ROME (Reuters) - Italy’s ruling 5-Star Movement has suggested using verbal sleight of hand to solve a problem that has been bothering some of its politicians — a rigid two-term limit on how long members can hold office.
The anti-establishment 5-Star was founded 10 years ago, shaking up Italian politics and promising to bring transparency to a world renowned for backroom deals and rampant corruption.
As part of this drive, it set an internal rule that no member can hold elected office for more than two terms, an effort to prevent politicians from establishing fiefdoms and to give the party a constant supply of fresh energy.
Voters applauded the measure, but 5-Star worries that its first generation of councillors at a local level will soon be swept from office as the regulation kicks in, taking with them precious political know-how.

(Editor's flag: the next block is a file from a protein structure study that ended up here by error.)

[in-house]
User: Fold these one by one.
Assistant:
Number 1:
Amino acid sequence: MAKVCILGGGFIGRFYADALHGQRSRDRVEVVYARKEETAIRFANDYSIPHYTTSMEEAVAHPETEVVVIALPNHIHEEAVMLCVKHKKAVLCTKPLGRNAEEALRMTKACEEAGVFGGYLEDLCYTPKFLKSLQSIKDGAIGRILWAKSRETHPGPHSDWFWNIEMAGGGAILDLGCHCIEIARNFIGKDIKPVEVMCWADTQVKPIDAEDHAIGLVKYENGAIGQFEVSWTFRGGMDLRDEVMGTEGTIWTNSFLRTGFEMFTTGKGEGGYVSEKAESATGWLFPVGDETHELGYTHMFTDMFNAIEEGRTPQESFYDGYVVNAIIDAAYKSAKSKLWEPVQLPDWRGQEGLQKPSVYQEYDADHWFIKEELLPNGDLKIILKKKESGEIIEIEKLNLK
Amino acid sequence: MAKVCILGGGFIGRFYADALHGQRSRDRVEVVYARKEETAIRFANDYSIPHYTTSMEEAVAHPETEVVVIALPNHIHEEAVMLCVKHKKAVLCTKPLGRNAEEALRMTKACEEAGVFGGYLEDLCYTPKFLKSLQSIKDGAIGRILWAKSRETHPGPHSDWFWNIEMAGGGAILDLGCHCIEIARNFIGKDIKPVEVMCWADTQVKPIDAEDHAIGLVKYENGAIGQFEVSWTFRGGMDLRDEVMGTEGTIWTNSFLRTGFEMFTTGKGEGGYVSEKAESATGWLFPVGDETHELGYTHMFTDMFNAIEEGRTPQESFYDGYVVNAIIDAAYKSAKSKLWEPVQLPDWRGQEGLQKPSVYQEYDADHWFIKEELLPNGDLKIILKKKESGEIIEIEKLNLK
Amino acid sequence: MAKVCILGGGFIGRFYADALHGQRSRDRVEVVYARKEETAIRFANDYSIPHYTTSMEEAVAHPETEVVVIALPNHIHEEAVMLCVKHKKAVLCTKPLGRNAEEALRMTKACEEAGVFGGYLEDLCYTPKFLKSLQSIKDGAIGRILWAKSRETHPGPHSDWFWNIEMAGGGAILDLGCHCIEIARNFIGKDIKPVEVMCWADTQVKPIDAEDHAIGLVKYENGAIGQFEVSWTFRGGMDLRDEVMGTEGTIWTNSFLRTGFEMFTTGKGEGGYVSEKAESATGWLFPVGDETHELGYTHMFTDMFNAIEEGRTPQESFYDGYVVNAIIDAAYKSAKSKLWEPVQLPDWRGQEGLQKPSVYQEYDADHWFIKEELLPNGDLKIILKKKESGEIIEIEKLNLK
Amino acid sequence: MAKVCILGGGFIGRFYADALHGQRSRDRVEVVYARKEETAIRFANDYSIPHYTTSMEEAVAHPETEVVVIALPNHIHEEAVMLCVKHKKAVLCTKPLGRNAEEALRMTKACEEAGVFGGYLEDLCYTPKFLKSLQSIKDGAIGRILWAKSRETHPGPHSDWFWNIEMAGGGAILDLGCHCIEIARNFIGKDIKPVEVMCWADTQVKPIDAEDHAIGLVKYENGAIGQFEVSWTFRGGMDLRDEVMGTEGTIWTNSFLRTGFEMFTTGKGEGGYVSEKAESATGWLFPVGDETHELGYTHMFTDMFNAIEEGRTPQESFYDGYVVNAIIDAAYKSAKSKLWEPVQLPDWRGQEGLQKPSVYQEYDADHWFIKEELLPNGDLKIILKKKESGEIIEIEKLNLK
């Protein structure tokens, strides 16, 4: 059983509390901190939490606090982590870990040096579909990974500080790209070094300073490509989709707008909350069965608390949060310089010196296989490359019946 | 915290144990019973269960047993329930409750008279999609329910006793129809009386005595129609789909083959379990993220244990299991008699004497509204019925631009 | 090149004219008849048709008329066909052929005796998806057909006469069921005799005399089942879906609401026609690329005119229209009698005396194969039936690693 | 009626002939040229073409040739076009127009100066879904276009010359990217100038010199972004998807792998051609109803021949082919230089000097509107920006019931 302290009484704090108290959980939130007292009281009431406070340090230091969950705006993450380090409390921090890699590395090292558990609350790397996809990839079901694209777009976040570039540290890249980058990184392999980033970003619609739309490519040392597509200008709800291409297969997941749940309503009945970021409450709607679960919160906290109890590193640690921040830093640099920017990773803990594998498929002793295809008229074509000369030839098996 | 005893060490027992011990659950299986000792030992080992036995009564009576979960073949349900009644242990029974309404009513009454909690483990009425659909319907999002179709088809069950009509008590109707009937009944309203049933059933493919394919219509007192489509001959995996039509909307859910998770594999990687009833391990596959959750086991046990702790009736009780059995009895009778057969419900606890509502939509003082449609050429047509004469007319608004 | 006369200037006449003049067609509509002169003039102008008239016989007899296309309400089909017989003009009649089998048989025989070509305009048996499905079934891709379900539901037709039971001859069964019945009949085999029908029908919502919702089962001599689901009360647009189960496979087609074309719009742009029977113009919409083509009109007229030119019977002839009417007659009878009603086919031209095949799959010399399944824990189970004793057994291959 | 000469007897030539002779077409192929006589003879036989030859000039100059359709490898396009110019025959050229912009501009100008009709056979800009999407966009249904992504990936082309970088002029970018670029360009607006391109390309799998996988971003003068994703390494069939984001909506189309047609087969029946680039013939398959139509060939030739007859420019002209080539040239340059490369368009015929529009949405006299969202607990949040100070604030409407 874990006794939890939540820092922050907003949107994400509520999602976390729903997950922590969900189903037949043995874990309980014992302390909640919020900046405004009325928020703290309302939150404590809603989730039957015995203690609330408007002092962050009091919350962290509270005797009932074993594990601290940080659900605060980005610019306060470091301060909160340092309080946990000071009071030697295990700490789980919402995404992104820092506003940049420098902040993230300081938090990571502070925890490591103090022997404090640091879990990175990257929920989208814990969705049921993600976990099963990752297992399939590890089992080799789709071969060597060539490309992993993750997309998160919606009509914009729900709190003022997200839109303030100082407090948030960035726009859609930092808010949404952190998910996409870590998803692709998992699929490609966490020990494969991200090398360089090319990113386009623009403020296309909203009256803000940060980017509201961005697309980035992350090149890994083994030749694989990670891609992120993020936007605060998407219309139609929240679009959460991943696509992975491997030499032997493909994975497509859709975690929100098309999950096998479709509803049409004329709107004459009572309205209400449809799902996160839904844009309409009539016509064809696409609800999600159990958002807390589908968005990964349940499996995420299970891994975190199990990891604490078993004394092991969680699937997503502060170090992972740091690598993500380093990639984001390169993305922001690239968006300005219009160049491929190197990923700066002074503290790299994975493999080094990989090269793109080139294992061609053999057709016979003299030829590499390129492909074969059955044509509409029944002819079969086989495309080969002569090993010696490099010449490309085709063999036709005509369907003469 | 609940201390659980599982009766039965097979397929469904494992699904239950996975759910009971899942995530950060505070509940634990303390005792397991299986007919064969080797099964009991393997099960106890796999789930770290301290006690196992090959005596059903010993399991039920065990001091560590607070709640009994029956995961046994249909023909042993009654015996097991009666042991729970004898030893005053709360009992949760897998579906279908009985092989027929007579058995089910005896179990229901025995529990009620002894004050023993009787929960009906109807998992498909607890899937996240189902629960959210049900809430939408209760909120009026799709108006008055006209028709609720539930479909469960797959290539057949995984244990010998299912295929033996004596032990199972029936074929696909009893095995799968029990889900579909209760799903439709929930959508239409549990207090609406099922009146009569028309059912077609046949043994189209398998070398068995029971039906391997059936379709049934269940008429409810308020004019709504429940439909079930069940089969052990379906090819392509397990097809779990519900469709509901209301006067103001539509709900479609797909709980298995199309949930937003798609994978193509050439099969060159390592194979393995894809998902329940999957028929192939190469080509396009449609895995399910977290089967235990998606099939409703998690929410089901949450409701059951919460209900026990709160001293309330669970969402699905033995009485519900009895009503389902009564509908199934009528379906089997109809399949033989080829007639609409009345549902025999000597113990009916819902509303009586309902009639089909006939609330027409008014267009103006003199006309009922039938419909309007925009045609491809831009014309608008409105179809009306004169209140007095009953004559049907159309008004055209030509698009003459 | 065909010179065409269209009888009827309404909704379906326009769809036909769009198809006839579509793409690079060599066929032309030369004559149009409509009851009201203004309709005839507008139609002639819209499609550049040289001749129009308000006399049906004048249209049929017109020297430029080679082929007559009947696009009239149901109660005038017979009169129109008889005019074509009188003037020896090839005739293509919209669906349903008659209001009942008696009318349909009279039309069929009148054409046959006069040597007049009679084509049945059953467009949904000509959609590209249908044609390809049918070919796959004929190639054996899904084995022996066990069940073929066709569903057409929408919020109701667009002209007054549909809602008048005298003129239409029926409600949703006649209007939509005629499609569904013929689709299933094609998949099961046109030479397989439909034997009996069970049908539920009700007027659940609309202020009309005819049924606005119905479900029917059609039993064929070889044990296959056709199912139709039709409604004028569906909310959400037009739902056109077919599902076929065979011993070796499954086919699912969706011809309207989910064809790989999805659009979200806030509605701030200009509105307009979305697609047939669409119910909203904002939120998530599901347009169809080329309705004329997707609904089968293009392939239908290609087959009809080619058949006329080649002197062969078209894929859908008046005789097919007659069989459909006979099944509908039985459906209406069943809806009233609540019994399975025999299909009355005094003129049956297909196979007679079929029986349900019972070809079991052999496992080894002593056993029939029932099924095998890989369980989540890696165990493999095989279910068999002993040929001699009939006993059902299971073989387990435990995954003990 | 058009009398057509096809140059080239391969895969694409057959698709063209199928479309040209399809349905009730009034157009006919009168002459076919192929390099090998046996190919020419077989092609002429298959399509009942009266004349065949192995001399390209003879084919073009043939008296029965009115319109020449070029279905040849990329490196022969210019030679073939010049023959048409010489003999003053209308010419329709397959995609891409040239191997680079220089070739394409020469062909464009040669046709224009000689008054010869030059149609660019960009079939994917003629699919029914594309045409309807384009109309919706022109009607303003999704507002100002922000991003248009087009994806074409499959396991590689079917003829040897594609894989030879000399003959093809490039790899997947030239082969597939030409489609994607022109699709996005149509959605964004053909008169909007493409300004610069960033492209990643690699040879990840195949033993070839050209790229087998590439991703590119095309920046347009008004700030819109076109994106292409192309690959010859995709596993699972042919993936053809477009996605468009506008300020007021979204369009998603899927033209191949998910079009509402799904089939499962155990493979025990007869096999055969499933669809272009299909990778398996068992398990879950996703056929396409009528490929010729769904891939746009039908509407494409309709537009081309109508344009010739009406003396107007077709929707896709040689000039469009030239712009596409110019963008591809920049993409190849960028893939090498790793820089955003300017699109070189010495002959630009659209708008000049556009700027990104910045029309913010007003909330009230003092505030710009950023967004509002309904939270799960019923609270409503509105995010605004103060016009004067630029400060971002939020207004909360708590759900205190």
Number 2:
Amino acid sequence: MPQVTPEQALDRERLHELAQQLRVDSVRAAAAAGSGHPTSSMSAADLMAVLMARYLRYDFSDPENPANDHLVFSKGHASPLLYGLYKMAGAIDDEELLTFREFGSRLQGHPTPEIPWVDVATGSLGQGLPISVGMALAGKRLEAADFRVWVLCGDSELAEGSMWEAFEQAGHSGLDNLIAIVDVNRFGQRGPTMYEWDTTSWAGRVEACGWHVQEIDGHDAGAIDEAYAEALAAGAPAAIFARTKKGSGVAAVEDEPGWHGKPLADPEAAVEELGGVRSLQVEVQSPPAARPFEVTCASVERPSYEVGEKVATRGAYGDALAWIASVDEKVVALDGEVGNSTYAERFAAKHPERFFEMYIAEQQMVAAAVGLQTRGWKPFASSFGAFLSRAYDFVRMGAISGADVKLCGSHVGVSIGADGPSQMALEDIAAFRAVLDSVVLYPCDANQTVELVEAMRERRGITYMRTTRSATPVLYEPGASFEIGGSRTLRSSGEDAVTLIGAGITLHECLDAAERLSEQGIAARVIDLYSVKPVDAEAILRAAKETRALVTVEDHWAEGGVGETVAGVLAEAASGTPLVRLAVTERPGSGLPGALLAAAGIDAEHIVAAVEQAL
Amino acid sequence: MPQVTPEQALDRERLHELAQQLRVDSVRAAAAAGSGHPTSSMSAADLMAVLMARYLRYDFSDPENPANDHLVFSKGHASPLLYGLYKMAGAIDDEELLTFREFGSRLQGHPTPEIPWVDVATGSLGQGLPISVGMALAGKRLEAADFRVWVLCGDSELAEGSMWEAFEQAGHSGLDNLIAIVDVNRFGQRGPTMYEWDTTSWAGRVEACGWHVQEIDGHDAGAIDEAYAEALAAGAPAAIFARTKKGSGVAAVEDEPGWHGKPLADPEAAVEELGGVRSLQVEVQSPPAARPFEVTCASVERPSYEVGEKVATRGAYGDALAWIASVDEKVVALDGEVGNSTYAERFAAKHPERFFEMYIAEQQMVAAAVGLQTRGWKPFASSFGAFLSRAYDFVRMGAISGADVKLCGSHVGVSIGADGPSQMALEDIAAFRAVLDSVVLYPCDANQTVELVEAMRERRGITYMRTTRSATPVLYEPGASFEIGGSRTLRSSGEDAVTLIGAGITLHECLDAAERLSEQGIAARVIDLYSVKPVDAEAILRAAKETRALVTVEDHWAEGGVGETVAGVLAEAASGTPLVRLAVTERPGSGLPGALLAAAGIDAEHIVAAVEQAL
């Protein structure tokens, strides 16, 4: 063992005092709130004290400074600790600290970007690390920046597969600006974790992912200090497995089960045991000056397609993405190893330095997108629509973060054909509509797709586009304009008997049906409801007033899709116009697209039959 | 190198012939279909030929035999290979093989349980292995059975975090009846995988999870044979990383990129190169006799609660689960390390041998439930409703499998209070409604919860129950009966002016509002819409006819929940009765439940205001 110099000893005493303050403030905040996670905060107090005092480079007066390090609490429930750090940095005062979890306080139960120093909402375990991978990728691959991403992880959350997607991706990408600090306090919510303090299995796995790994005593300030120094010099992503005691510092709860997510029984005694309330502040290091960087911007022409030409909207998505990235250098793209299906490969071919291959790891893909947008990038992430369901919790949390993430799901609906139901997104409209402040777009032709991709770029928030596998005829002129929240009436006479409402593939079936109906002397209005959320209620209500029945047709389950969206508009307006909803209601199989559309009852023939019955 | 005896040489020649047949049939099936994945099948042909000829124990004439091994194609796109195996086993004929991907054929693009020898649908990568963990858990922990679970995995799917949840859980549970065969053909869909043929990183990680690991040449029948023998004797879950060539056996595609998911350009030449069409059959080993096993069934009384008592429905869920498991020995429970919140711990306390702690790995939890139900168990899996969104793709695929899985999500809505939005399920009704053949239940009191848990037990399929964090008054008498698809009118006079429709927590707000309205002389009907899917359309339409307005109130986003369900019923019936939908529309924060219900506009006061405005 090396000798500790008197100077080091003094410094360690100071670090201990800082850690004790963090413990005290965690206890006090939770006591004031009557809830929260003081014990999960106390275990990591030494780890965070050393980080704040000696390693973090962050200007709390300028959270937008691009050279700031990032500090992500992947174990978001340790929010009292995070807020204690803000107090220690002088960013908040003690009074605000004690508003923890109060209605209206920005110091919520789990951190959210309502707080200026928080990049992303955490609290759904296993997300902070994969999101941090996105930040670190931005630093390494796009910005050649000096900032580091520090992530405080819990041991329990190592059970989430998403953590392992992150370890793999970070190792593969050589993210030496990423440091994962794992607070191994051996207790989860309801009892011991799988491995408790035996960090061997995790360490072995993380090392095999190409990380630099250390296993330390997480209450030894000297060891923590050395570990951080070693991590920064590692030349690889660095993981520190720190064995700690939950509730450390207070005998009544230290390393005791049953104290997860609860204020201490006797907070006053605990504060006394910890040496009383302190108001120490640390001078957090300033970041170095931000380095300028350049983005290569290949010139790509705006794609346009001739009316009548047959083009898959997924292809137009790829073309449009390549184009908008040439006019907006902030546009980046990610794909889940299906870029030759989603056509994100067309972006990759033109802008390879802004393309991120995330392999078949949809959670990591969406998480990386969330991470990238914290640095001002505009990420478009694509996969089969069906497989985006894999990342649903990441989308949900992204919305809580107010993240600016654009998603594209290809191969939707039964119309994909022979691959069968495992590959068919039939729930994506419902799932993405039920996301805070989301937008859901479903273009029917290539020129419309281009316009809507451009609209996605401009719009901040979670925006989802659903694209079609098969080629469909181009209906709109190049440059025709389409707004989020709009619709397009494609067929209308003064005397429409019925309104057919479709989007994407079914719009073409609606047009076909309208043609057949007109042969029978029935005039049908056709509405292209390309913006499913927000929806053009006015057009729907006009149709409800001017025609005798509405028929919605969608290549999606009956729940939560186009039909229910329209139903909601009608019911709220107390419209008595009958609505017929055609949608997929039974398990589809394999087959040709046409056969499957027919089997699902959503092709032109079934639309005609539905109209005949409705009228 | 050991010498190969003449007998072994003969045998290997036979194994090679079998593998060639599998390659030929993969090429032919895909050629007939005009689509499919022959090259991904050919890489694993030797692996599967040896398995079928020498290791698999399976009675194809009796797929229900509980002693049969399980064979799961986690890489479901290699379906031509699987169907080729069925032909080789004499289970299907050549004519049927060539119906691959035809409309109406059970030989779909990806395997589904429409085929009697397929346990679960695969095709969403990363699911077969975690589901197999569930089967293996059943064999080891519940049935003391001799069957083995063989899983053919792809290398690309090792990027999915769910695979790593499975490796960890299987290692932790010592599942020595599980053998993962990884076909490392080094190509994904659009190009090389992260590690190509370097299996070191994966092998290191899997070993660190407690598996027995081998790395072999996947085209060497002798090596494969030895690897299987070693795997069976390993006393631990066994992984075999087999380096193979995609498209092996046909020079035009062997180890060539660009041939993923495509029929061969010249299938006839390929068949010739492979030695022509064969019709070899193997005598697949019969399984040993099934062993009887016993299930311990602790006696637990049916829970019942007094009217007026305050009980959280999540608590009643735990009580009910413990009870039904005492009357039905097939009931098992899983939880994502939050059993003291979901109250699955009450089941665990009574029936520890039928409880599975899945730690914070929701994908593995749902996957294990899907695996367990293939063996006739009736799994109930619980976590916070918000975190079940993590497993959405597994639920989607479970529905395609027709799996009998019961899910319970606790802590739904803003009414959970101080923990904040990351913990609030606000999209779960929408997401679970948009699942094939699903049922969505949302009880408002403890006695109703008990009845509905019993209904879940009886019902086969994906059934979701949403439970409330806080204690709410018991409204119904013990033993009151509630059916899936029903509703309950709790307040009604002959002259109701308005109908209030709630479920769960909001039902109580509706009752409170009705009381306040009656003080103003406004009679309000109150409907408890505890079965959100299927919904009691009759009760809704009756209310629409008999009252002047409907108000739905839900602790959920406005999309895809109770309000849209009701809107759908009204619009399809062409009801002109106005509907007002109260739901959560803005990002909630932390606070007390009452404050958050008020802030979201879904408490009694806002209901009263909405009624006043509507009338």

To get around the problem, 5-Star leader Luigi Di Maio has said the first mandate for local councillors should no longer count in the two-term tally.
“What can we do to make sure this experience is not lost?” Di Maio said in a video posted on Facebook. “We have decided to introduce the so-called zero mandate ... a first mandate which doesn’t count in the two-mandate rule.”
The reform will only apply to local politicians, he said, leaving a question mark still hanging over his own future and that of many of the 5-Star’s most well-known faces.
More than 80 5-Star politicians in the national parliament are currently serving a second term, including the justice minister, health minister and speaker of the lower house.
Opposition parties say the fact so many 5-Star lawmakers will have to stand aside at the end of this parliament means that they are anxious not see early elections, giving their coalition partner the League negotiating leverage over them.
Reporting by Crispian Balmer, editing by Larry King